Both games still play exactly as they did years ago, with an emphasis on stealth rather than action. Players must sneak or shoot their way through various locations to complete certain objectives (such as stealing a uniform, finding a weapon or other item, or killing a boss) and progress the story. There are many, many ways for players to complete these tasks as well. Should you decide to play it quiet, actions at your disposal include laying undercover and waiting for guards to pass, knocking on walls to distract them or hiding in the iconic cardboard box. Of course, shooting your way through is also an option, should you deem it necessary (for the pacifists, there is even a tranquilizer gun).
From a control perspective, everything is more or less exactly where it was in earlier versions. Only certain controls are changed for the Xbox 360 version, since its controller doesn’t support pressure sensitive buttons, but the redesigned controls are still easily accessible. The shooter aspects of the MGS series have always been on the difficult, and borderline clunky side, but I personally found this to make gameplay a bit better as it puts more emphasis on the stealth aspect of gameplay, only fighting when absolutely necessary, which is what the series focuses on.
The question on most minds is probably: how does it look in HD? The answer: stunning. Textures have been smoothed with absolutely no pop, all grain has been removed, and the frame rate is fast, smooth and never slows down. Animations are fluid, be it simply walking or complex hand-to-hand combat. In most cases, the two games look more like a true next-gen title, rather than a polished previous generation remake. These are some instances in MGS2, however, that take away from the graphical quality. The title’s use of slow motion is often unclear or foggy. While the frame rate never drops, everything seems to leave behind a trail of sorts, giving things a muddy look in an otherwise glorious visual journey.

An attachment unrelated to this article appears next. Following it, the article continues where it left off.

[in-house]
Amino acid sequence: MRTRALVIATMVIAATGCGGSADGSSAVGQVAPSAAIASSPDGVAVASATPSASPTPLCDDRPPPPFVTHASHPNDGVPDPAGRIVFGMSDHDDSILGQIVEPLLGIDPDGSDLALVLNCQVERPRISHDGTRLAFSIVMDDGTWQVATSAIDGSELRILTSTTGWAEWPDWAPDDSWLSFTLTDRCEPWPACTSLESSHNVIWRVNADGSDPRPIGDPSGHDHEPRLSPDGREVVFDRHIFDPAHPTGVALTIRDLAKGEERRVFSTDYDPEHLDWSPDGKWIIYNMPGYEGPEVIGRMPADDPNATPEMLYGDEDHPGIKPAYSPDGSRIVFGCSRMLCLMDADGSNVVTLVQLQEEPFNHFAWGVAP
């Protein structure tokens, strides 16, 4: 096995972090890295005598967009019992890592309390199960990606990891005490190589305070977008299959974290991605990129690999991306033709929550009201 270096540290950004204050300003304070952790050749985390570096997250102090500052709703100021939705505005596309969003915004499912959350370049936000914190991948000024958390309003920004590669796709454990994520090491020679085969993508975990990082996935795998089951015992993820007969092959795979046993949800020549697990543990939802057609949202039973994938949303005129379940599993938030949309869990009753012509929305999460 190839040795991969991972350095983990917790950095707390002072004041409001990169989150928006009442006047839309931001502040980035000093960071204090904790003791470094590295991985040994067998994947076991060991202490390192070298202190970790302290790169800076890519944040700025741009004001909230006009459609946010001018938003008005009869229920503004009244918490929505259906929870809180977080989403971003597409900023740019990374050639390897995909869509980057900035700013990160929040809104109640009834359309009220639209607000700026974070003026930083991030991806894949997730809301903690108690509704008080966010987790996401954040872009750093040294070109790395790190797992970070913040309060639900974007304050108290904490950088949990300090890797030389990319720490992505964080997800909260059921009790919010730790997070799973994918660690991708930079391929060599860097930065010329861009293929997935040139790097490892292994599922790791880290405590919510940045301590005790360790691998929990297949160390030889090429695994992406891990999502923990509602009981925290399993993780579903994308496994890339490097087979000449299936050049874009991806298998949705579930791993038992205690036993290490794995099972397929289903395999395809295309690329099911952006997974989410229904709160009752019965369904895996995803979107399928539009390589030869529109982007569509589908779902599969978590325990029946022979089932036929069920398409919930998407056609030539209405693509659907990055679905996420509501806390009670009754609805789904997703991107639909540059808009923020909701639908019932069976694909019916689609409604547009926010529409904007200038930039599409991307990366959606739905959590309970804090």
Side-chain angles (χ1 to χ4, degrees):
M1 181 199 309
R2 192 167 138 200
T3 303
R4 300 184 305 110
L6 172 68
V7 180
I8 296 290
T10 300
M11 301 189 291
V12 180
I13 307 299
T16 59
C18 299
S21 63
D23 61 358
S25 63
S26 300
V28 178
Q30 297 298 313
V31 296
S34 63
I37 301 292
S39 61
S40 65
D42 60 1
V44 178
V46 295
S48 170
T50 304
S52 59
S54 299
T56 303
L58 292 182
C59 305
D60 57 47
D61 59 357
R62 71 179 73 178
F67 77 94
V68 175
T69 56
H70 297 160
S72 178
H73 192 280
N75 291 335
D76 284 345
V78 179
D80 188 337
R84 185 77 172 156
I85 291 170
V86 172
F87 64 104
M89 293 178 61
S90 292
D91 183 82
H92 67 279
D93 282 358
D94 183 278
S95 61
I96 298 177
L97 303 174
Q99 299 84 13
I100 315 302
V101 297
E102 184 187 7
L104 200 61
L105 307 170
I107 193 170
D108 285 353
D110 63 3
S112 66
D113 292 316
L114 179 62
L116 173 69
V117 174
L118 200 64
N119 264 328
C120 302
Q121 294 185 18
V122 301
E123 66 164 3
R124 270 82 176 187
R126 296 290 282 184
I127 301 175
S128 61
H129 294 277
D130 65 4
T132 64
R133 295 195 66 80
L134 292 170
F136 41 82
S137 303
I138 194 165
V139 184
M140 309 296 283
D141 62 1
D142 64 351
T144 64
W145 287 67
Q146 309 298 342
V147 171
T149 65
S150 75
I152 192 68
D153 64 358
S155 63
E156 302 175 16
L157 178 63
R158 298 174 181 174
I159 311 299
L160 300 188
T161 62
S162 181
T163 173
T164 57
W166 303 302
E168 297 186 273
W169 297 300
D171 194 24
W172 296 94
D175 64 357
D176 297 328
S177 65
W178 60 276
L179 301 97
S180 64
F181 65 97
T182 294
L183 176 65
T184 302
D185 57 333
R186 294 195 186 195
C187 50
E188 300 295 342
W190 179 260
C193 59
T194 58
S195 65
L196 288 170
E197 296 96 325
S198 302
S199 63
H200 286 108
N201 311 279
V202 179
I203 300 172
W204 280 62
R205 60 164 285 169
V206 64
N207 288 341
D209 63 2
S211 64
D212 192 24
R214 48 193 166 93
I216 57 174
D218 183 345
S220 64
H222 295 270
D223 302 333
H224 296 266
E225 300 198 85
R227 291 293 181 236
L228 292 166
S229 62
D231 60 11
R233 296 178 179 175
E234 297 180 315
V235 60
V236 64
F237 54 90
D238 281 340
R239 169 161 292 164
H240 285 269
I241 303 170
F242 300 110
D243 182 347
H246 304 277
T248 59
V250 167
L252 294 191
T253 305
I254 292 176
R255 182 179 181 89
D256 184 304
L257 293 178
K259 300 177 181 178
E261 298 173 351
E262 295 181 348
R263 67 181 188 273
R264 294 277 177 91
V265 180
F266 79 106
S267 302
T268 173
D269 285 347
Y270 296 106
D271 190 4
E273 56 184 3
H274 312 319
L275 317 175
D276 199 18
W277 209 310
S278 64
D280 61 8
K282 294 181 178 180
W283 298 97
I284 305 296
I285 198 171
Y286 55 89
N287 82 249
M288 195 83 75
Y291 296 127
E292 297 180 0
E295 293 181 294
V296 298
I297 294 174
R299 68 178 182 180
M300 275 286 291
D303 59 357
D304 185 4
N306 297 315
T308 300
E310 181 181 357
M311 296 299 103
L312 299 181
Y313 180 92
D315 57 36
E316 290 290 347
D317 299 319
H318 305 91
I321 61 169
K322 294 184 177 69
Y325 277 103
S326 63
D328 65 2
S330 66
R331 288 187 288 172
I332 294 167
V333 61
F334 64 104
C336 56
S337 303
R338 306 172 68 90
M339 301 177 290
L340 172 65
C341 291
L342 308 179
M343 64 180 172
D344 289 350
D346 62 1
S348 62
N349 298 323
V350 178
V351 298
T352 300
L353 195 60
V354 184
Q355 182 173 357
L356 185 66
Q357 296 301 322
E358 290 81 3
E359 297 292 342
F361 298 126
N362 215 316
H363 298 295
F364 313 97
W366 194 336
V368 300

As previously mentioned, all audio work has been carried over from the original titles. None of the voice actors have been replaced, meaning you’ll get to hear the exceptional work of actors such as David Hayter (Solid Snake, Naked Snake/Big Boss), Jennifer Hale (Emma Emmerich) and Josh Keaton (Young Ocelot). Returning are all the great sound effects that make the MGS series, namely the familiar exclamation of a soldier discovering your location. Thankfully, the amazing soundtrack from both titles is also untouched, with the jazzy “Snake Eater” title song and the chill-invoking Metal Gear Solid theme. What makes the MGS theme so awesome is that it can be placed into any style and fit perfectly, be it upbeat with fast percussion underneath for action scenes, or slower with a darker tone and light accompaniment for emotional moments. Each second of the HD Collection is a wonder to listen to, with absolutely no mistakes, out-of-place sounds, or accidental silences.
The Metal Gear Solid: HD Collection is a blast from the past, and has made the transition to this generation exceptionally well. With deep stealth espionage gameplay, a beautifully written soundtrack, emotional and twist-filled stories, and shiny new visuals, this collection is an absolute must-have for both hardcore MGS fans and players new to the series alike. Strap on your sneaking suit, load up your silenced pistols and get ready to battle against… Metal Gear!!
Final Score: 4.75 / 5